Plot: What’s it about?
Jack MacKenzie (David Arquette) was once a married man with a prosperous career as a composer for Hollywood movies, but those days have passed. Now he is divorced, his career has crumbled, and he struggles with his recovery from alcoholism. Even as he tries to get his life back on track, he is haunted by the past and what he has endured. He now works as a limousine driver, which pays some bills, but is a far cry from his former lifestyle. Jack seems to face demons of all kinds, from financial to emotional and beyond, with no end in sight. But when he meets a beautiful, but unstable model (Bijou Phillips), he feels alive again and is quickly obsessed with her. So while he attempts to get his life back, he also teeters on regression thanks to the presence of this potent new female in his life. Can Jack manage to overcome his past and get back to the kind of life he wants to lead, or is this simply the beginning of the ultimate end for him?
Video: How does it look?
Black Limousine is presented in 2.40:1 anamorphic widescreen. The movie looks good here, but this isn’t the kind of transfer that turns head. I found detail to be passable, but not remarkable. This isn’t to say the image is soft, just that there is room for more clarity in the visuals. The colors are natural and stable throughout, while black levels are crisp and stark. So while not as refined as I’d like, this is still a more than capable treatment.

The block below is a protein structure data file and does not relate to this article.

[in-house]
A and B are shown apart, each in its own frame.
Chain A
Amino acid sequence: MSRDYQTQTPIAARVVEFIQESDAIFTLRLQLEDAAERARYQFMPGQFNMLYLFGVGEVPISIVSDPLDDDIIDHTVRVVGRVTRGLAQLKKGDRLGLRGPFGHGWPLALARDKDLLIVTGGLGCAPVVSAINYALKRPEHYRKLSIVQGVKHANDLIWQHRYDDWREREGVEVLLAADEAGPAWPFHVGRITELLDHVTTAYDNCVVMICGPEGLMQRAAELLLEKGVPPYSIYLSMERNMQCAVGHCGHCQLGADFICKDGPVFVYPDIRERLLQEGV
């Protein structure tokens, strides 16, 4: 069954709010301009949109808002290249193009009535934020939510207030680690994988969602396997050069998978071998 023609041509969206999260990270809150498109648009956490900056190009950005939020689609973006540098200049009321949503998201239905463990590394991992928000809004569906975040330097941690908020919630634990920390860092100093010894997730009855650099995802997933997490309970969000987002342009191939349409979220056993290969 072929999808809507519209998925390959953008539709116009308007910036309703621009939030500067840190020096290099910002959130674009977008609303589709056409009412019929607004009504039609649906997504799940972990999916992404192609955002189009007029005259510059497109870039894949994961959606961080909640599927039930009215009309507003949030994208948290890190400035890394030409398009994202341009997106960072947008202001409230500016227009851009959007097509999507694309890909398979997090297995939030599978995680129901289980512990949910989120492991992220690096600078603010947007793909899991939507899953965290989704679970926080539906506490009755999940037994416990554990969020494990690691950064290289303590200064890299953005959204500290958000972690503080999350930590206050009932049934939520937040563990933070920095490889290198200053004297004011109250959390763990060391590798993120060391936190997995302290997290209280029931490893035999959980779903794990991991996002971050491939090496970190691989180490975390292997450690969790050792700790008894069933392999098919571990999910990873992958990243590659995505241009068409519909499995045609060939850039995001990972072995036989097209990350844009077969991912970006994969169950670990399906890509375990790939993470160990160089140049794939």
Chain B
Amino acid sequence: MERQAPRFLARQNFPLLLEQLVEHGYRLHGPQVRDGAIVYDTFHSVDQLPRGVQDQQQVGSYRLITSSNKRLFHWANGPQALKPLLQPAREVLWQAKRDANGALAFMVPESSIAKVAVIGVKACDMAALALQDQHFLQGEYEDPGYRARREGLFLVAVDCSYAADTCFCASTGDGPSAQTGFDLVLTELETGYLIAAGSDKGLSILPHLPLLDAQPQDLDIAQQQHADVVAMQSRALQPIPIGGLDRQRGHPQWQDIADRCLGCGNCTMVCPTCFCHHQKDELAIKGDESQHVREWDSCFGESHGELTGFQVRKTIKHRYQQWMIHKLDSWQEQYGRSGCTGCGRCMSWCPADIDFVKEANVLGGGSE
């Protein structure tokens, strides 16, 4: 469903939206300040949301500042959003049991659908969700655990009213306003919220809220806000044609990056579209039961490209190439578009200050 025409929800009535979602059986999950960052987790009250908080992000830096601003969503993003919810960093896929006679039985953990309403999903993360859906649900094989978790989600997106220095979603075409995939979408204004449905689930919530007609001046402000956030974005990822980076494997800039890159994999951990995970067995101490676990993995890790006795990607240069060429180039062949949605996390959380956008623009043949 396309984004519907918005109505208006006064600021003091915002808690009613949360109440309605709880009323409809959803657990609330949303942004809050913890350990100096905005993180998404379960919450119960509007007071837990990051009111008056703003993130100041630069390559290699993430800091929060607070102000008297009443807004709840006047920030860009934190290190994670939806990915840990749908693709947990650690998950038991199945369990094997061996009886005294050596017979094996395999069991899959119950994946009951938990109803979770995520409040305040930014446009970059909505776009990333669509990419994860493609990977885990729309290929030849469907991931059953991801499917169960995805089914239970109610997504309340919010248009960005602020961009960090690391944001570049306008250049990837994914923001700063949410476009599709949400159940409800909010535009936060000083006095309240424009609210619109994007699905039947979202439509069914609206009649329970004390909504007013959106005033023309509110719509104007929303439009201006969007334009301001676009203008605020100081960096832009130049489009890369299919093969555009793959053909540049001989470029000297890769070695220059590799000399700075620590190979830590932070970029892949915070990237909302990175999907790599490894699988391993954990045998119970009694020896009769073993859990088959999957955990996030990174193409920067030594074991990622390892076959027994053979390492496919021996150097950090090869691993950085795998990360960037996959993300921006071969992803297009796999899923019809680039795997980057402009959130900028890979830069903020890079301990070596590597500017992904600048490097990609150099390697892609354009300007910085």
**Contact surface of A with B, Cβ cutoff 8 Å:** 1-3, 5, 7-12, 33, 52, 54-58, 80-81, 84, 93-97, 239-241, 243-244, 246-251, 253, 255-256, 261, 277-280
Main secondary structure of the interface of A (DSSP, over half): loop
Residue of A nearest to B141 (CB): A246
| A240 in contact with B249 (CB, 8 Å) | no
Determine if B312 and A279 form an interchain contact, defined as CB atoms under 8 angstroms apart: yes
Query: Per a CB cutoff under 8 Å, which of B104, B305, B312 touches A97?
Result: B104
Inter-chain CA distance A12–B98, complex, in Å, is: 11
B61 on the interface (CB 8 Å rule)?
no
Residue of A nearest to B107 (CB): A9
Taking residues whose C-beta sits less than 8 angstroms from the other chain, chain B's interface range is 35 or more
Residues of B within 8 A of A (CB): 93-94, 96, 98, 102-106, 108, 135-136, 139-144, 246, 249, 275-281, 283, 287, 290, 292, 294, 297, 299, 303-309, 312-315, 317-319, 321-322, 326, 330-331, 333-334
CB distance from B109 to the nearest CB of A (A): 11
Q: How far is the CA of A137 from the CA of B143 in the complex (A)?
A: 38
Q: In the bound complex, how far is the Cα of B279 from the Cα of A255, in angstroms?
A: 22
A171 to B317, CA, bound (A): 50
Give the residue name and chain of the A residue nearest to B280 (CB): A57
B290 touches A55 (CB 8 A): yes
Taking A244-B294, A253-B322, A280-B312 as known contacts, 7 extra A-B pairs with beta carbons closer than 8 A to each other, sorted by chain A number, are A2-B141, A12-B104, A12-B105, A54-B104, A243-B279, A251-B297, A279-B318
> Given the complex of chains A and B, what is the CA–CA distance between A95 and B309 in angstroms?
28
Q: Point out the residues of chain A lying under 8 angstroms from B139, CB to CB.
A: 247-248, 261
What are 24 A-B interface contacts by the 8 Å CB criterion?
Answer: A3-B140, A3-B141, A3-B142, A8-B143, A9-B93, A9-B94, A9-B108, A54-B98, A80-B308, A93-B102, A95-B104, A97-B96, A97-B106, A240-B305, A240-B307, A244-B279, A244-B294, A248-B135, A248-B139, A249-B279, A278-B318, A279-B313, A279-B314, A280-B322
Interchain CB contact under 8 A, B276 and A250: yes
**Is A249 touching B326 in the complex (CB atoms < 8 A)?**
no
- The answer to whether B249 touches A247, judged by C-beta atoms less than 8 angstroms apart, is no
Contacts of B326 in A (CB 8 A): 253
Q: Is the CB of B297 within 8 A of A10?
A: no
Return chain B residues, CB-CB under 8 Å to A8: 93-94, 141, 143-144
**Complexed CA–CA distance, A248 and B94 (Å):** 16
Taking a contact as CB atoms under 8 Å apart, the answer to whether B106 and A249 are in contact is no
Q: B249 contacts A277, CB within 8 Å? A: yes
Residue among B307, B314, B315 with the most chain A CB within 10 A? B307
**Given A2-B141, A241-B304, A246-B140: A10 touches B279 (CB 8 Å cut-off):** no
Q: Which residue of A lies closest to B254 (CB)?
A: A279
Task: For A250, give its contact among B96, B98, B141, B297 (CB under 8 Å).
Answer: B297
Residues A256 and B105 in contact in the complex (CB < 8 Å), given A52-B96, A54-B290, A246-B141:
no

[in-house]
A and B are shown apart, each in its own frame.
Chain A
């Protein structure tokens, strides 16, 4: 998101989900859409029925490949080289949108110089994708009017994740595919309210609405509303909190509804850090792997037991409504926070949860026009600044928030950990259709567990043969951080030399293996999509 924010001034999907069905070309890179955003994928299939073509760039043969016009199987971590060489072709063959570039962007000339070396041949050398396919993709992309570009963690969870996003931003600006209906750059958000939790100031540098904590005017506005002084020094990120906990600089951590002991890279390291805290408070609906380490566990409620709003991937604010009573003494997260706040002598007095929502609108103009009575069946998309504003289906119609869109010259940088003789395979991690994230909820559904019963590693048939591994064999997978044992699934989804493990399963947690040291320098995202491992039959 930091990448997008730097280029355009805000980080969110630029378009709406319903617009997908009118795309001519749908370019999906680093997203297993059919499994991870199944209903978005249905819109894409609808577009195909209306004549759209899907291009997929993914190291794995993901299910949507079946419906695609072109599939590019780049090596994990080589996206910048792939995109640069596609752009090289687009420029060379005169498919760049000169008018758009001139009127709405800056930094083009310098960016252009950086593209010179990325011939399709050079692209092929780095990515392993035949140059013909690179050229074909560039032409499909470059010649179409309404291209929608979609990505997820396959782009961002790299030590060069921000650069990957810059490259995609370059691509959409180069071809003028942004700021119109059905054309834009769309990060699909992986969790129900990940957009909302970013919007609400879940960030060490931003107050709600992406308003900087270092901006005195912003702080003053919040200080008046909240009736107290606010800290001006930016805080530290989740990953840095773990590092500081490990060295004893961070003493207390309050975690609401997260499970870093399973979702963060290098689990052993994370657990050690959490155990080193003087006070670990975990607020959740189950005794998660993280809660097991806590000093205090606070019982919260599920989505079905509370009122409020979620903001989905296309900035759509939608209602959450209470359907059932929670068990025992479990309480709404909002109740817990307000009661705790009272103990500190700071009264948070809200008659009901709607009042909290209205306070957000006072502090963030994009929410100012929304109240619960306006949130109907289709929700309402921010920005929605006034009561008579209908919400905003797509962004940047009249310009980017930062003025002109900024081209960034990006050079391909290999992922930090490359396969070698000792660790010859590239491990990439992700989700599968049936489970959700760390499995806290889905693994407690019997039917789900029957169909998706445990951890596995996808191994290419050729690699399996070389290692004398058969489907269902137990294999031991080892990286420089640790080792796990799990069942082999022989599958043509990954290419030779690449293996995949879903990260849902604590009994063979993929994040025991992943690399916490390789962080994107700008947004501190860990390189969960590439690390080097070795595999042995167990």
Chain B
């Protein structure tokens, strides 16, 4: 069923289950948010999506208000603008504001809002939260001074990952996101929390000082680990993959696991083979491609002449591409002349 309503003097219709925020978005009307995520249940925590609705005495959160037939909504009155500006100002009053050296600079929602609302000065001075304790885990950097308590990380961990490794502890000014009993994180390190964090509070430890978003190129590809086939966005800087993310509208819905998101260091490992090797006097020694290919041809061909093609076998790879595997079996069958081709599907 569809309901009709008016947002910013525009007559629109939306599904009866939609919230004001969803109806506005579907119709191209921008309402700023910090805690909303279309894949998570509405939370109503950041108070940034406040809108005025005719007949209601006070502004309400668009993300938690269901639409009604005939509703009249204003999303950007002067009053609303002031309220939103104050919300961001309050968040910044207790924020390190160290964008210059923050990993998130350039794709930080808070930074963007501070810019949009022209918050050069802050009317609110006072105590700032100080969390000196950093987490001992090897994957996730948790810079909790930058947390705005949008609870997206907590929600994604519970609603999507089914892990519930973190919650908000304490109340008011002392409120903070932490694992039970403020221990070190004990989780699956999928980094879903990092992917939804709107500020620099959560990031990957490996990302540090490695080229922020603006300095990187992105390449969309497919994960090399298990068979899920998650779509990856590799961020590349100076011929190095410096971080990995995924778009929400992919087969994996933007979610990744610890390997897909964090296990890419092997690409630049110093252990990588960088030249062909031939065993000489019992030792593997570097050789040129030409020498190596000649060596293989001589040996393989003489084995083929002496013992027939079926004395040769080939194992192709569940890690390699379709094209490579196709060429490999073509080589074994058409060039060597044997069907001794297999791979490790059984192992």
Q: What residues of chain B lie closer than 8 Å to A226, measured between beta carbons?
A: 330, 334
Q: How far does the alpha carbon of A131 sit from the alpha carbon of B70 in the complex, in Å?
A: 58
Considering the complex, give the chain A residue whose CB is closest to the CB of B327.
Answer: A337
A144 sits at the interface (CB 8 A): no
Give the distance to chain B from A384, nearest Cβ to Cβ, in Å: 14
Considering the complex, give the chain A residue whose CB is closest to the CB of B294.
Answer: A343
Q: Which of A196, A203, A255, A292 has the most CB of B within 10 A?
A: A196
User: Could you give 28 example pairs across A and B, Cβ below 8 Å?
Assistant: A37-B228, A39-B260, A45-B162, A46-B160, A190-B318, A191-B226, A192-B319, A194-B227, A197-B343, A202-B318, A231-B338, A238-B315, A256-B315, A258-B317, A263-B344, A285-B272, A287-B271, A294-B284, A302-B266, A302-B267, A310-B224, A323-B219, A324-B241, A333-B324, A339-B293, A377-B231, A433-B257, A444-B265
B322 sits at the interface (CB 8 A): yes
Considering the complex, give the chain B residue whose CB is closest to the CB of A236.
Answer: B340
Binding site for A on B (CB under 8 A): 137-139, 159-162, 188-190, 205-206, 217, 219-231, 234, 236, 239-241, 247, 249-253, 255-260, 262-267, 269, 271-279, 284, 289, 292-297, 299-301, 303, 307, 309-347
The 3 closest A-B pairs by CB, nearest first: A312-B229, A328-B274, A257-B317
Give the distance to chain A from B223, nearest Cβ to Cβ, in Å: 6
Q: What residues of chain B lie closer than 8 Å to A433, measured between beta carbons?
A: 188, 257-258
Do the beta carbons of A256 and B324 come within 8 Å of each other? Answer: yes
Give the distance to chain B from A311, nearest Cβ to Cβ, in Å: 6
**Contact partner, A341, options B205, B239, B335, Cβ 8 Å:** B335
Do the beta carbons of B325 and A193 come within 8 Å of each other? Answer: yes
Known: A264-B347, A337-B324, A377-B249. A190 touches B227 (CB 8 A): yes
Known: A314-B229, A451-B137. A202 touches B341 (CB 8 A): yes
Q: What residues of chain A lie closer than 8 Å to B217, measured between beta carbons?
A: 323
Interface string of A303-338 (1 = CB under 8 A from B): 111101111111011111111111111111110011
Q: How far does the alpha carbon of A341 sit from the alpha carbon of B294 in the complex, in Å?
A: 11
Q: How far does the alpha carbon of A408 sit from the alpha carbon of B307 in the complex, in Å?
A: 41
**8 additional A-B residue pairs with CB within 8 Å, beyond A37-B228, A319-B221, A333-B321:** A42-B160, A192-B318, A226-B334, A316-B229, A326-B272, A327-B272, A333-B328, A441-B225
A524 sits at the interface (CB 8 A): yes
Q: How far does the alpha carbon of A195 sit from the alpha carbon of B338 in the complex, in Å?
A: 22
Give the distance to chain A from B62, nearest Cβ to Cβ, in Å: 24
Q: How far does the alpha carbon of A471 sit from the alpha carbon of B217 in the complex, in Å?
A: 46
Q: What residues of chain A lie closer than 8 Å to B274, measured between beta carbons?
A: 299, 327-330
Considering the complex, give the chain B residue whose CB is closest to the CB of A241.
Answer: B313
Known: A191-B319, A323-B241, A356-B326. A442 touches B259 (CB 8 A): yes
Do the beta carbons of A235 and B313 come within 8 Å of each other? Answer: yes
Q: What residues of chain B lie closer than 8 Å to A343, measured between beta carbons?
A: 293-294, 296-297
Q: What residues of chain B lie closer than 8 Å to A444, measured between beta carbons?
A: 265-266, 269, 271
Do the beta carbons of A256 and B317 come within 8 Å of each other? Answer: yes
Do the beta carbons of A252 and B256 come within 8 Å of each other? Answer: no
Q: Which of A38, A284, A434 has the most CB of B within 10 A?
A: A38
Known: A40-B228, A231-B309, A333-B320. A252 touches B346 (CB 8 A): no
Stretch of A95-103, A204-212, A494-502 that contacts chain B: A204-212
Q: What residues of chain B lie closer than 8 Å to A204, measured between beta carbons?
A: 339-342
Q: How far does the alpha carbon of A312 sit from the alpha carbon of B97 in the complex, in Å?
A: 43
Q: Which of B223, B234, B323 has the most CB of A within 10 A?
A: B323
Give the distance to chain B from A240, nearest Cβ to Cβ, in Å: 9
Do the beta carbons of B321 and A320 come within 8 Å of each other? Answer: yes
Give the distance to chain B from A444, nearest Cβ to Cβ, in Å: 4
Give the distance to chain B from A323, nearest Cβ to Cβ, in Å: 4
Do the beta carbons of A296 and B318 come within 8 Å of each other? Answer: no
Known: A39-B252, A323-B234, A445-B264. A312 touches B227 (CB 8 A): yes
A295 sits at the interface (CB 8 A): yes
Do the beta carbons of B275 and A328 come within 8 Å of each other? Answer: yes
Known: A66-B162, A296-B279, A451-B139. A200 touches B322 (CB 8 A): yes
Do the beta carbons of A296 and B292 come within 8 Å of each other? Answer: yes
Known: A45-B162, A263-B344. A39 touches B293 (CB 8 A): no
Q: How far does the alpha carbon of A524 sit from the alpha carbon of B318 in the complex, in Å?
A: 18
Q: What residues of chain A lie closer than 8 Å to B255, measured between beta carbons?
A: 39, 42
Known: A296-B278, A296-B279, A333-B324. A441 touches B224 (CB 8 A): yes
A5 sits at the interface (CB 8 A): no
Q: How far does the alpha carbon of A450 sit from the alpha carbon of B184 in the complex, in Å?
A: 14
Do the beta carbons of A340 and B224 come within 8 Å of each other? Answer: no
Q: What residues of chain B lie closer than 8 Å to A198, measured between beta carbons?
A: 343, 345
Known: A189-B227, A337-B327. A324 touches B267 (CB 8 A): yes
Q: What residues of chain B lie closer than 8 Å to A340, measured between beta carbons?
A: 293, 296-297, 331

Audio: How does it sound?
This Dolby Digital 5.1 soundtrack is good, but not great. The film’s sound design is not that expansive, so the track isn’t really able to do all that much. The music sounds good, which is where most of the surround use comes from. The vocals sound great, which is crucial in this case. The dialogue makes up most of the audio, so it needed to be well handled and it is. Not a lot else to talk about, a basic, but acceptable soundtrack.
Supplements: What are the extras?
This disc includes no bonus materials.